Narrow streets, wide future ahead

I started the New Year like my dad would say “Este ano estas empezando con pie derecho,” which translates to “This year, you’re starting off with the right foot.” Growing up in a very loving and close knit family, it can be difficult leaving to a new country for four months but it sure does remind you how short life really is. I remember like it was yesterday, I was doing grocery shopping for the first two weeks of my first semester as a senior, and just like that I was moving out of my apartment for my flight to Peru to spend Christmas with my family after 15 years, was scheduled for the day after.

On the very first day of January of 2019, I carried on to the airport with what felt like enough luggage to hold me for 4 months in Europe. Filled with mixed emotions, I went through an entire day of traveling with multiple layovers which added up to 21 hours of travel from Jacksonville, Florida all the way to Milan, which consisted of a non-stop workout. Whether it meant carrying up both suitcases up a broken escalator to lifting up and down the painful small stairs in Milan train stations, I sure was getting the workout I dreaded the past 5 months or so.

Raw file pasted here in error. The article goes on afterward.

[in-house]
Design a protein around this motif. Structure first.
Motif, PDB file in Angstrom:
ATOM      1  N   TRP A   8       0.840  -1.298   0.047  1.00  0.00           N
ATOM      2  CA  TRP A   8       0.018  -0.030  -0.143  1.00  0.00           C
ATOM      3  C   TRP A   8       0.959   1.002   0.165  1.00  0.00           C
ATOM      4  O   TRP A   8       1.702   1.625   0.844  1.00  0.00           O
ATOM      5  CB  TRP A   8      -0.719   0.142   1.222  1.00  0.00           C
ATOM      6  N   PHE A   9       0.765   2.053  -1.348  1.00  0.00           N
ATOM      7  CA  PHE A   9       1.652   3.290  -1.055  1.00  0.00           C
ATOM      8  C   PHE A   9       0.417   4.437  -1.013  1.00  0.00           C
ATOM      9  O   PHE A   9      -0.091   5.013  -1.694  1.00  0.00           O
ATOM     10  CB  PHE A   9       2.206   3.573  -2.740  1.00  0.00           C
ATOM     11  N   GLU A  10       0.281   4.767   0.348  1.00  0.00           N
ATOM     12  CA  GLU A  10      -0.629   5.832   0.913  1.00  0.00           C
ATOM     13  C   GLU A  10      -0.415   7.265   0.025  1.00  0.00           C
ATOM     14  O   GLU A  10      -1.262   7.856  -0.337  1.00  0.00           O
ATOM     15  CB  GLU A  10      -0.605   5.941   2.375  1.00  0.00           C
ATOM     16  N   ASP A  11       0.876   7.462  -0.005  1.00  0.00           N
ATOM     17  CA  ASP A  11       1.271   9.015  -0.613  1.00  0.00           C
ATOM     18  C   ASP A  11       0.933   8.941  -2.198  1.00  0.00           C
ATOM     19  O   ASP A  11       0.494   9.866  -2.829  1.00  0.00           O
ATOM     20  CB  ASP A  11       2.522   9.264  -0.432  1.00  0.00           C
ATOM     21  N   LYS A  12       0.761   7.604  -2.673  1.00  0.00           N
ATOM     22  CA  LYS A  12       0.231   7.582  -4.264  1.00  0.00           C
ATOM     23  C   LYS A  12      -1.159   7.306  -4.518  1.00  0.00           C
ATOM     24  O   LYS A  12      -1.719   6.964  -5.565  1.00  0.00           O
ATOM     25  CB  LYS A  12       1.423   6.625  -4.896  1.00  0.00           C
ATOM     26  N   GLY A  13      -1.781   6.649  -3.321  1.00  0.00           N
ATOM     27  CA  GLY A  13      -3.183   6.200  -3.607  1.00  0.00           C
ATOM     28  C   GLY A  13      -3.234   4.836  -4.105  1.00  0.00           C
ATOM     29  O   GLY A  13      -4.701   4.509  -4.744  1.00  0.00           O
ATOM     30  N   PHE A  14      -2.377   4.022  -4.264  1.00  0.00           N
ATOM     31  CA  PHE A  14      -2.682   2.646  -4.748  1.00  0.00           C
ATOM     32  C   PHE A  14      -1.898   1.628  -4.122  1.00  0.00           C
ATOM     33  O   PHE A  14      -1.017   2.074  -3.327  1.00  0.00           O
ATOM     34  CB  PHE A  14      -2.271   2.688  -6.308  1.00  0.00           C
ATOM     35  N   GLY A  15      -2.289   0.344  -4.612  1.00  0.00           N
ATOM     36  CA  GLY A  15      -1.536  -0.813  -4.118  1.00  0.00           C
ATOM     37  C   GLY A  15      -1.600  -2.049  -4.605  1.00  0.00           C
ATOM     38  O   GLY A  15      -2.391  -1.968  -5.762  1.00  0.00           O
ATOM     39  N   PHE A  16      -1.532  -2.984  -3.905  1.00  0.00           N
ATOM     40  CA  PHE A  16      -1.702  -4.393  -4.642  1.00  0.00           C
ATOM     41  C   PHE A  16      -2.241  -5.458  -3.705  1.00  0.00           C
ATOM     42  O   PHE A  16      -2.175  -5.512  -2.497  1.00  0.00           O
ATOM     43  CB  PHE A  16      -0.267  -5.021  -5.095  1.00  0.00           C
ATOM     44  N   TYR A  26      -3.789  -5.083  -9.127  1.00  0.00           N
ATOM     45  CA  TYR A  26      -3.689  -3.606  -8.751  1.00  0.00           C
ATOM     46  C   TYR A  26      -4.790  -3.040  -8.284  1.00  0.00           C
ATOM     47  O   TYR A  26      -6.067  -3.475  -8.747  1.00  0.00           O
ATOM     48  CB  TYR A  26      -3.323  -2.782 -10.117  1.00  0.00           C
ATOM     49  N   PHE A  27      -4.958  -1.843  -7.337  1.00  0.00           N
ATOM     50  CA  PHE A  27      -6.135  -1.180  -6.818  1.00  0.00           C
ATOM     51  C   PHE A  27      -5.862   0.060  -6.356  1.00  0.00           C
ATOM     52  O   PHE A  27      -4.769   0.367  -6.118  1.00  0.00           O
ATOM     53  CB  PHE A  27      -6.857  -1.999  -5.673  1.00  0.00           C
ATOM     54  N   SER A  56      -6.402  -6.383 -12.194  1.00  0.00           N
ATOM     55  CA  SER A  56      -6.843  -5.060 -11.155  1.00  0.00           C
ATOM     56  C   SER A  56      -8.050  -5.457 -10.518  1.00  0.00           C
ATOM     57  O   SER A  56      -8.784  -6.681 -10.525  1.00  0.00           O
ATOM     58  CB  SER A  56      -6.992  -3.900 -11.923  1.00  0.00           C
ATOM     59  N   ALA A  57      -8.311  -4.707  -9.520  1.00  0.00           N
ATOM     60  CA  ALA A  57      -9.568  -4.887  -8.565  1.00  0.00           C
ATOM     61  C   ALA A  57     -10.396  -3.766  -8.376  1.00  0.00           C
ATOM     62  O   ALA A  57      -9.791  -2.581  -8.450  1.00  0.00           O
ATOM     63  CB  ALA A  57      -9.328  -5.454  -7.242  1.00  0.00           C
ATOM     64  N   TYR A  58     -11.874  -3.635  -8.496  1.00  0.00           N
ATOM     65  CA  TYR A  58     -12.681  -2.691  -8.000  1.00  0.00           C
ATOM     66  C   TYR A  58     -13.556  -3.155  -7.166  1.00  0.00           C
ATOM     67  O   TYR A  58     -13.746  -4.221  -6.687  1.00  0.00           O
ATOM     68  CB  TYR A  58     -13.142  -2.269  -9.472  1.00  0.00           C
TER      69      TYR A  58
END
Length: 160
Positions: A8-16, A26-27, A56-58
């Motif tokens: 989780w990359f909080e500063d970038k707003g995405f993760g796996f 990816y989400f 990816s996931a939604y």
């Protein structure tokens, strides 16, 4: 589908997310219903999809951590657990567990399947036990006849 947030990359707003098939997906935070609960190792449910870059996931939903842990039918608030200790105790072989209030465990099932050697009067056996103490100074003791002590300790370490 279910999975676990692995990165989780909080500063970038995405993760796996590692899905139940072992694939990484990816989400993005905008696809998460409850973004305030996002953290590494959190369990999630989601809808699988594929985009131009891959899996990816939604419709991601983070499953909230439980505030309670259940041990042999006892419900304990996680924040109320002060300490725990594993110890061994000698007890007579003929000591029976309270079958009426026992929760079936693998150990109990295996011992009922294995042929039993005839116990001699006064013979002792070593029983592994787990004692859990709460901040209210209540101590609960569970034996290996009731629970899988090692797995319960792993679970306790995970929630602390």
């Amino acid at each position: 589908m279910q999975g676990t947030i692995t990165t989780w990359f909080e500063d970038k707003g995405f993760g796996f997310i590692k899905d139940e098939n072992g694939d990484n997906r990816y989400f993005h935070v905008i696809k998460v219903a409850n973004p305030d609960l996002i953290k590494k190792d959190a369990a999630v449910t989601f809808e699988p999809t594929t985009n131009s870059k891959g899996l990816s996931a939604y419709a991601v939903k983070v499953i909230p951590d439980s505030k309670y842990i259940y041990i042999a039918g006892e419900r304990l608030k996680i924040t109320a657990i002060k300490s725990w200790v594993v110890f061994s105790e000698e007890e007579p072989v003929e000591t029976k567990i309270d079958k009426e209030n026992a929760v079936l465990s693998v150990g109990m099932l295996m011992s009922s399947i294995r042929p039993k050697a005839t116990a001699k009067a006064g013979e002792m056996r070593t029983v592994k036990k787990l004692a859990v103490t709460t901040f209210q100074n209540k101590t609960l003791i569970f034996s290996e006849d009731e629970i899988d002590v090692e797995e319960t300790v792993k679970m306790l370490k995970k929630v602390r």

Now as I sit here typing my life away in my small and simple yet perfect apartment, I can’t believe I’m here. It’s like a dream and I don’t want to wake up. Today marks day 4 in the wonderful city of Vicenza, also known for the City of Architecture, and life has never been this relaxing and this much enjoyable while studying architecture.

Every morning, I have been waking up around 7am for a taste of a warm morning cappuccino from Harry’s Bar to start off my day. The day starts early and the nights feel long due to how early the sunsets, ending somewhere between 9pm-10pm. At this time, streets are empty and quiet, and you’ll probably get the best sleep here if you normally struggle to do so.

As of lately, I have been juicing walks around the Basilica Palladiana, a well known and ancient architecture piece in the Central Piazza. Around this time of year the celebration of The Good Witch Befana takes place. The witch Befana is similar to the concept of Santa Claus, where around midnight she flies and delivers gifts to the “good kids.” To celebrate this tradition, people open bazzar shops containing: candy, traditional dishes, clothes and more. Being 20-35F outside but feeling like it’s below zero, these shops came in handy and I was able to buy gloves for 5 euros to feel my hands one more time and to be able to sketch. Who would have thought I’d be sketching the most intricate piece of art with globes as thick as my jacket?

A journey packed with travels awaits. You’ll hear from me soon. Ciao for now.

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